Nova Scotia

Contentious CBRM land deal introduced at trial

A controversial port development deal that's now at the centre of a lawsuit was signed by the mayor of the Cape Breton Regional Municipality more than two months before it was ratified by regional council.

Former municipal manager John Whalley is suing for constructive dismissal after criticizing deal

John Whalley says his superior asked him to write an issue paper for council recommending the deal. (Wendy Martin/CBC)

A controversial port development deal that's now at the centre of a lawsuit was signed by the mayor of the Cape Breton Regional Municipality more than two months before it was ratified by regional council.

The agreement was entered into evidence Wednesday during the Nova Scotia Supreme Court trial involving the former economic development manager suing the CBRM.

John Whalley accuses the CBRM of constructive dismissal and breach of contract. He resigned from his post with the municipality in May 2015 after he says most of his duties were stripped from him when he raised concerns about the deal.

Whalley has testified in court in Sydney that he had concerns the agreement — in which the CBRM would purchase land from one private company and lease it to another — was contrary to the Municipal Government Act.

He said he raised those concerns in a series of emails with municipal officials in early 2015. He also testified the CAO at the time, Michael Merritt, was in support of the proposal and wanted Whalley to prepare an issue report recommending the deal to council.

Relevance questioned

The court heard Wednesday that Mayor Cecil Clarke signed the deal between the municipality and Point Edward Marine on April 7, 2015. However, under questioning by Whalley's lawyer, Merritt said the agreement did not have any legal weight until it was formally ratified by council on June 16.

That came less than three weeks after Whalley quit his post. He resigned following a meeting with Merritt in which he was reassigned from the port file to a relocation project for the Nova Scotia Community College's Marconi campus.

Tony Mozvik, lawyer for the municipality, questioned the relevance of introducing the land agreement into evidence.

"Your role is not to determine whether the CBRM entered into appropriate contracts," Mozvik told Justice Patrick Murray.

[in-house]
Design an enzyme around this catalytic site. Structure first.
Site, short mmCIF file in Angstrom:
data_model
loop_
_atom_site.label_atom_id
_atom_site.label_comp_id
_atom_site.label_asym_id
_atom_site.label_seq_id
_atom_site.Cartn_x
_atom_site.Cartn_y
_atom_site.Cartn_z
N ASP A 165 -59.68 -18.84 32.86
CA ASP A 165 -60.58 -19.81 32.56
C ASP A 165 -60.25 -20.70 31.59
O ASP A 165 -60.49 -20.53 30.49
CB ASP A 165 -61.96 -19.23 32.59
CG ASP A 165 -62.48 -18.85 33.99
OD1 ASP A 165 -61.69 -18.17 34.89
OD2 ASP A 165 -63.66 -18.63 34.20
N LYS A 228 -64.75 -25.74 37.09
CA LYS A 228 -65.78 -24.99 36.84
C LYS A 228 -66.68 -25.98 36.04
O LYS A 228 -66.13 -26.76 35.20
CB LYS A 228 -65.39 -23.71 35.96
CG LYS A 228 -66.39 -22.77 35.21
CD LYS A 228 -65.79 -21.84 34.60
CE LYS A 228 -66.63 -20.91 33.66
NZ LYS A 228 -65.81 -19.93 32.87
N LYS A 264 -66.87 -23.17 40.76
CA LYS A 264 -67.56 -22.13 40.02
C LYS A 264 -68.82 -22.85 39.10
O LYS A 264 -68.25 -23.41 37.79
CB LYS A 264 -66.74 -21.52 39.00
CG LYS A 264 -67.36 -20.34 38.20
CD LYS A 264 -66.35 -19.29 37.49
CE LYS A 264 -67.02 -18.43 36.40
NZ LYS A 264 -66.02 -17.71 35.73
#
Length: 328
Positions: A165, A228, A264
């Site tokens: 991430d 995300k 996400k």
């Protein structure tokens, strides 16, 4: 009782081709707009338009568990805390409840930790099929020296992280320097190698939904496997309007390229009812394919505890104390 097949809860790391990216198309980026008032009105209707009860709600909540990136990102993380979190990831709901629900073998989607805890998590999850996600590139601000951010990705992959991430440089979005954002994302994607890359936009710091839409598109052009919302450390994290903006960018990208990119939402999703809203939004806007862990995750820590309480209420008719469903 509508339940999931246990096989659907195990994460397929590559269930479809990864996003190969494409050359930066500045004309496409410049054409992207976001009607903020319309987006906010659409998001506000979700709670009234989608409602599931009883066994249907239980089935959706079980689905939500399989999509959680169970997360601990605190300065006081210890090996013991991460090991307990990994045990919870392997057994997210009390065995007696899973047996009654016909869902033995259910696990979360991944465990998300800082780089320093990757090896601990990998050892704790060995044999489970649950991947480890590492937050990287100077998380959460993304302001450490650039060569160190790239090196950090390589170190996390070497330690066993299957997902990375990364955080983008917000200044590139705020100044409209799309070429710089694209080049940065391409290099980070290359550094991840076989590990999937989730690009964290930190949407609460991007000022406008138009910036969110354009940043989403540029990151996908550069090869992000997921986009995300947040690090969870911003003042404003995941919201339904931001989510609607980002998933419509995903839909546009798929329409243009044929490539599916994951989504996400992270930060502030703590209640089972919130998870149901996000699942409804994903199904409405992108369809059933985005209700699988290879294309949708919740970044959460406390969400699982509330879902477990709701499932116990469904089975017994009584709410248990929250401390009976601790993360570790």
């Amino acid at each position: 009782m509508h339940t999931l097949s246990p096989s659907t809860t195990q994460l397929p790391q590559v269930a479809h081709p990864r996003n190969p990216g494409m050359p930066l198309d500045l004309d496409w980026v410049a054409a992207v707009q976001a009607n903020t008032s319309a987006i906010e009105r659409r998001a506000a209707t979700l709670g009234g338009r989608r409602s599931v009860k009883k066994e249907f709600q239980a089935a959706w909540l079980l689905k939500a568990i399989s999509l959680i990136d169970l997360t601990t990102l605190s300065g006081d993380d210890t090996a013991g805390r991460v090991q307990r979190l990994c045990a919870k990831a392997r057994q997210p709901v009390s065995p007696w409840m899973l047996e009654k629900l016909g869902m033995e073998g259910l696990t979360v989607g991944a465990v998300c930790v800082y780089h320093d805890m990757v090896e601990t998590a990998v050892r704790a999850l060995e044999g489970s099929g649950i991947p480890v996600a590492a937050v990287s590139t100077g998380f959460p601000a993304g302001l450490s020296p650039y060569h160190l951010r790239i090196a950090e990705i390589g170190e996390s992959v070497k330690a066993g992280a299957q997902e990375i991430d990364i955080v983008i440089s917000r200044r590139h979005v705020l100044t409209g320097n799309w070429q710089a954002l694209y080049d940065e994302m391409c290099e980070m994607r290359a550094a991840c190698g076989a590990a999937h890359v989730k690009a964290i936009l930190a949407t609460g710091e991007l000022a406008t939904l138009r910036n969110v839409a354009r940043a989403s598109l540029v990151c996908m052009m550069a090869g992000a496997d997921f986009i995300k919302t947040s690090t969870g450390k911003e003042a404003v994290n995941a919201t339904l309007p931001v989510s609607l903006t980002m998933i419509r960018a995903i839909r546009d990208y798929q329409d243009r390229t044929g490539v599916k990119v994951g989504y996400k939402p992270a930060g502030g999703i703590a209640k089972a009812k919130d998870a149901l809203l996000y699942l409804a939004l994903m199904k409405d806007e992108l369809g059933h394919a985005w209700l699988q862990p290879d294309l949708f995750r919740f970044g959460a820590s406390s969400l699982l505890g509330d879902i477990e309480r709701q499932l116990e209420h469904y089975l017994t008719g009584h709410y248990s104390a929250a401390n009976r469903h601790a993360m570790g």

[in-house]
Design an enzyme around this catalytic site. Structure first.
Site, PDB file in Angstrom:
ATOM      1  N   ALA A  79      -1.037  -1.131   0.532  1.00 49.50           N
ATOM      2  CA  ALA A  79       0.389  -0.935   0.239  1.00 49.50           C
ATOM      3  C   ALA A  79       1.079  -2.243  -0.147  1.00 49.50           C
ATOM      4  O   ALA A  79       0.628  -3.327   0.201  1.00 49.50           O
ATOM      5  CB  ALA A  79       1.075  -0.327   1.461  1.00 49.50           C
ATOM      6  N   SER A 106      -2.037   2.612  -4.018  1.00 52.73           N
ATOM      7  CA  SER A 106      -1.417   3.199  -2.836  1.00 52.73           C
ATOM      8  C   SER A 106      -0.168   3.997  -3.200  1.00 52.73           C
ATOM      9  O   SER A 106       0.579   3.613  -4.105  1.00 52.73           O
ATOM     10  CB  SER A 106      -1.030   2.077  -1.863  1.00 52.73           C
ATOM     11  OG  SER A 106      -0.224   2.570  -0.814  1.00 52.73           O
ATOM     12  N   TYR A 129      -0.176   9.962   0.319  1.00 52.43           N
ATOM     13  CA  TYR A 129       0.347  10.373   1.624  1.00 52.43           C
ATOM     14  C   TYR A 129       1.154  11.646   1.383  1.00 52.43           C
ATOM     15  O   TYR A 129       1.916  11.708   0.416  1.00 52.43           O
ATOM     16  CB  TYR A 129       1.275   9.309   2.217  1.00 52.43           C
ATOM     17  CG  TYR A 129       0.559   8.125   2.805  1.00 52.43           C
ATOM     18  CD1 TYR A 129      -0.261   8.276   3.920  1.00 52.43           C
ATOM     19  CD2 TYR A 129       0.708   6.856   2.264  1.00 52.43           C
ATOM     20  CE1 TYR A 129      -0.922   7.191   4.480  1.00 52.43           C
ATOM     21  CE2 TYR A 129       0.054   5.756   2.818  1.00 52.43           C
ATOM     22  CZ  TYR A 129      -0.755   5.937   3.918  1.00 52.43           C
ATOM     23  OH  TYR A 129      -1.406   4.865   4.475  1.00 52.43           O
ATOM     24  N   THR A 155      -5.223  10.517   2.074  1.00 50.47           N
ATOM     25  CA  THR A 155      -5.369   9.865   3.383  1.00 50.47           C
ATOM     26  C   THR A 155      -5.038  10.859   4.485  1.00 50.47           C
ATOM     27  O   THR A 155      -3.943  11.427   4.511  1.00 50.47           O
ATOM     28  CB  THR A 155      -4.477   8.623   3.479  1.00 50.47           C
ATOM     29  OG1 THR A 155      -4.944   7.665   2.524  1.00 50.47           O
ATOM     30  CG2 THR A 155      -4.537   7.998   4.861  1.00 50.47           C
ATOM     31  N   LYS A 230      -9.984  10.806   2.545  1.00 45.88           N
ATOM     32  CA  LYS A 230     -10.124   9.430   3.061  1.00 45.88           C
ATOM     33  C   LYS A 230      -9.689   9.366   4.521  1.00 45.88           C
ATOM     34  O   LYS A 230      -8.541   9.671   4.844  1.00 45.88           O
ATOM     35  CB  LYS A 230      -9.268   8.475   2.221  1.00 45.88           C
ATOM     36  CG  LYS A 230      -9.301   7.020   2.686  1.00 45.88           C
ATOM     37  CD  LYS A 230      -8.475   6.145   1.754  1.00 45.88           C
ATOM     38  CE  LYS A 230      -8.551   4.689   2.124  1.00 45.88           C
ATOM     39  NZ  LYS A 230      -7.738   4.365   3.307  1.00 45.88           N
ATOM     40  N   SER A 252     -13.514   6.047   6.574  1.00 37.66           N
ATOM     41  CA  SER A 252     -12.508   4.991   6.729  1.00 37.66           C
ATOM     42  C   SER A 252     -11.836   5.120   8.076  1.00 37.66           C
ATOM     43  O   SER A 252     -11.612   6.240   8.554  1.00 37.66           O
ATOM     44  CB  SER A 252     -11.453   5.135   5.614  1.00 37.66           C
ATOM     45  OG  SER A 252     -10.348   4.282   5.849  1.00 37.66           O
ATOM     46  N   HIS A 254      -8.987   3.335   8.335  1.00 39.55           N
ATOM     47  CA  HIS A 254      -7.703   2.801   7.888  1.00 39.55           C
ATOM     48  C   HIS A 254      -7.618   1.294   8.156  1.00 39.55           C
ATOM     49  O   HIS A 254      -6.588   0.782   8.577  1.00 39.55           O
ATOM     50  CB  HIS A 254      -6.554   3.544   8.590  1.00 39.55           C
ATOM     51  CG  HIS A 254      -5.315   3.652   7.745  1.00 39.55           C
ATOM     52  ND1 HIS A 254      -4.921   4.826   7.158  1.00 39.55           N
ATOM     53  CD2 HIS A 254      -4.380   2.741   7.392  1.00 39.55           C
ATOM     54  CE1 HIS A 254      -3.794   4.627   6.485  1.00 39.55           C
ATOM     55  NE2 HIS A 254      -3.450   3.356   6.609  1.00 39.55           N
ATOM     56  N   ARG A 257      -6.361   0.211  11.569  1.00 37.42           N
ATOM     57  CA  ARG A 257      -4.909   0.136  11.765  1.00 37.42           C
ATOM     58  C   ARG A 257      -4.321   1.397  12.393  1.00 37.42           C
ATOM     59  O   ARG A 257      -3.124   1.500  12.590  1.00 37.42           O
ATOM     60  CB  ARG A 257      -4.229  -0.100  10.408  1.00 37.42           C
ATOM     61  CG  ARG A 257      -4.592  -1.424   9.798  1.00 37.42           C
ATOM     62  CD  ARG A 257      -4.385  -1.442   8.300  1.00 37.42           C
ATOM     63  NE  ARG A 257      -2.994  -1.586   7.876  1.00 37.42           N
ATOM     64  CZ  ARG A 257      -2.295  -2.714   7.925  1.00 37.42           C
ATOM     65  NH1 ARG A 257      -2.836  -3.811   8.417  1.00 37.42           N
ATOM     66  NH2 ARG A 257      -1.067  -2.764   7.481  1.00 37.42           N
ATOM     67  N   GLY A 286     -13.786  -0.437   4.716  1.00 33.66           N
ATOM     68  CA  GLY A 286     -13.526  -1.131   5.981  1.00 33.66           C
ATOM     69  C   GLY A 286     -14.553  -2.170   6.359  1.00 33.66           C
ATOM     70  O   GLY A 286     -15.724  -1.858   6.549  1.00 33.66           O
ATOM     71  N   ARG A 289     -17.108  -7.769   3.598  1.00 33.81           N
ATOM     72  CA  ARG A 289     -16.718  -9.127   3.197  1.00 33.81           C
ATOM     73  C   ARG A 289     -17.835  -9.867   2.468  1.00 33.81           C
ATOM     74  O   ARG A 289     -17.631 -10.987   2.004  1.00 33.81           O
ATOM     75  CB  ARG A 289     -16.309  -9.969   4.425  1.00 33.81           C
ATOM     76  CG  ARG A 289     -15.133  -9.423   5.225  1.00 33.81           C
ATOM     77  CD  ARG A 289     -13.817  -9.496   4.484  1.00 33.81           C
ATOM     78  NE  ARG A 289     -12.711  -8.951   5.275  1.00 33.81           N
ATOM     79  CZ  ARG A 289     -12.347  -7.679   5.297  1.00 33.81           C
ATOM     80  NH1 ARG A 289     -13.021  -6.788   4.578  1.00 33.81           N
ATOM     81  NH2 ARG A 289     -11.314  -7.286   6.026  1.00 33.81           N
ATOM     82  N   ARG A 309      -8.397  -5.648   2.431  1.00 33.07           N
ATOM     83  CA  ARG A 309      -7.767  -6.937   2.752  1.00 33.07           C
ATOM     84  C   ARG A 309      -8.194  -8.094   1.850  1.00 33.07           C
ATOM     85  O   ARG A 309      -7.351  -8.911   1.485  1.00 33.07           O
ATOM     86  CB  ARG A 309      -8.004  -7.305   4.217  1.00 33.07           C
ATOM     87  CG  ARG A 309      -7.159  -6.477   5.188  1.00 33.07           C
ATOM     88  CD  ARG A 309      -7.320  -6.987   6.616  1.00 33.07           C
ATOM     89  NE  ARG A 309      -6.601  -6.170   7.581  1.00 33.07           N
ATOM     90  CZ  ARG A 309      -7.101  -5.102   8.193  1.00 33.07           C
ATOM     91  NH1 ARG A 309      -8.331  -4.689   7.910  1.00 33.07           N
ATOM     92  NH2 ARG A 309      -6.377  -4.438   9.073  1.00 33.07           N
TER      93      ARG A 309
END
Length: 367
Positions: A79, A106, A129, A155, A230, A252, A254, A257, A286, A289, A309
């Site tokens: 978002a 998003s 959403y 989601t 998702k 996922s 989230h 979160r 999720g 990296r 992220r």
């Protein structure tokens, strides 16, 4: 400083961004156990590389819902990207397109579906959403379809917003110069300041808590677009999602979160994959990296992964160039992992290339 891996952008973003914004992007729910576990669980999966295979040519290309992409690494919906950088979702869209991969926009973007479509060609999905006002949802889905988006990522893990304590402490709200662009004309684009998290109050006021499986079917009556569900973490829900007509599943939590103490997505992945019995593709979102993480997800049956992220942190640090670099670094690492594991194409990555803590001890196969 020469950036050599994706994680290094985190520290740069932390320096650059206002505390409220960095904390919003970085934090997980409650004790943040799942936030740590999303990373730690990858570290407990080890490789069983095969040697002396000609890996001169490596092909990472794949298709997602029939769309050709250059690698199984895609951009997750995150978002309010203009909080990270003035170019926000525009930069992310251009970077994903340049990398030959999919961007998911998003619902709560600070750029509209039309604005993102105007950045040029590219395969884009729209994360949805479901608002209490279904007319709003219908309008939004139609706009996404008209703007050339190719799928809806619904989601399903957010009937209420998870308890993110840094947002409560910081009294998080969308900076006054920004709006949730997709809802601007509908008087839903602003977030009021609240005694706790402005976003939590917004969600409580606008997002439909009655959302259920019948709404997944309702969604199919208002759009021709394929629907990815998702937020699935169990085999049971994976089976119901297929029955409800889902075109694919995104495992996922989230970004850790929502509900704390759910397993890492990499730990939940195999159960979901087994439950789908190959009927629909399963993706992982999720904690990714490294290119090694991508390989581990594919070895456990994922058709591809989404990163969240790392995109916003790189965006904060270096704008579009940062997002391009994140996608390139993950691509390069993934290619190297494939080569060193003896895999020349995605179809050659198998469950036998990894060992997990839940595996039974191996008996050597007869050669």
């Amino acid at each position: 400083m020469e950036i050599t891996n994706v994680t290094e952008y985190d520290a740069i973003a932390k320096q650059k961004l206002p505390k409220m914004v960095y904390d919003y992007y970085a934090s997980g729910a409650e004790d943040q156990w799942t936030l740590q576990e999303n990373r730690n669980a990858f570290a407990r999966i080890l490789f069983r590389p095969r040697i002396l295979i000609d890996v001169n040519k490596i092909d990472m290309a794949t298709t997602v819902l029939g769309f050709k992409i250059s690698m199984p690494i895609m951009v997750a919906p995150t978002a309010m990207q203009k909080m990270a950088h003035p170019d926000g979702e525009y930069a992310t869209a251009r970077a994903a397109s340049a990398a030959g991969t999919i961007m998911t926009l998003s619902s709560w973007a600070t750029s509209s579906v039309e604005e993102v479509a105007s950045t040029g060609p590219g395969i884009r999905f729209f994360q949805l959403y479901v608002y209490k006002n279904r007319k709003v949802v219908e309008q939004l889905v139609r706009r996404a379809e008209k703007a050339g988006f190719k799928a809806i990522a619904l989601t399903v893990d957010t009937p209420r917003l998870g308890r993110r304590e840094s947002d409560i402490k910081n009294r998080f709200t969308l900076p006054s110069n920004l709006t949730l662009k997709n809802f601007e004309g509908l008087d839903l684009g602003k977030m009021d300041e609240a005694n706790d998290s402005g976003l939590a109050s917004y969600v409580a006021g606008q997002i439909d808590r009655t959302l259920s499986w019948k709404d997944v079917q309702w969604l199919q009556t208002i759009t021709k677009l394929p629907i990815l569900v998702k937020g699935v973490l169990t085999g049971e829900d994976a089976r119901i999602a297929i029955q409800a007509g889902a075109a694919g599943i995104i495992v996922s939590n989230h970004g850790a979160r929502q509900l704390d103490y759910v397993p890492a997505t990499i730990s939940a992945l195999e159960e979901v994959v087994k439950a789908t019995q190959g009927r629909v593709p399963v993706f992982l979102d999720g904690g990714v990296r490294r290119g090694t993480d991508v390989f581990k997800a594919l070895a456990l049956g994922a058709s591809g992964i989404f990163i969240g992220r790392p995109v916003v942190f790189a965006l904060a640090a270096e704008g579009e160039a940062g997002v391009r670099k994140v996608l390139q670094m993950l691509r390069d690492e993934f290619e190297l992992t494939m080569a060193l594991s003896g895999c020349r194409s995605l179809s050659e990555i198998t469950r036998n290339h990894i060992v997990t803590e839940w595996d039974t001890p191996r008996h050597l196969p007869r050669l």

But Whalley's lawyer, Blair Mitchell, argued that his client's open criticism of the project may have been a motive for his reassignment. 

Mystery documents cause delay

Earlier in the day, the trial was held up for about an hour after some missing documents mysteriously surfaced.

Whalley has testified he believes he's entitled to up to 18 months of severance. But neither he nor the municipality can find the contract he said he signed when he was hired in 1997.

The CBRM's director of human resources, Gordon MacDougall, testified Tuesday that Whalley's file didn't contain the hiring documents.

But on Wednesday, Mozvik told the court he received a text earlier in the morning from MacDougall saying that some documents have now shown up following a further check of the file.

It's unclear what the documents include, except that Mozvik told the court the missing employment contract is not among them.

'Astounding'

The case was delayed as lawyers and Murray discussed how best to proceed.

Mozvik told the court it's the first time in 20-plus years he's encountered such a circumstance.

Mitchell said it was "astounding" the documents had just surfaced — more than two years into the lawsuit — and the lack of disclosure should have serious consequences once the current trial is finished.

The lawyers agreed to continue the case without entering the new documents into evidence.

The trial is expected to wrap up later this week.

ABOUT THE AUTHOR

Wendy Martin

Reporter

Wendy Martin has been a reporter for nearly 30 years. Her first job in radio was at the age of three, on a show called Wendy's House on CFCB Radio in Corner Brook, N.L. Get in touch at wendy.martin@cbc.ca

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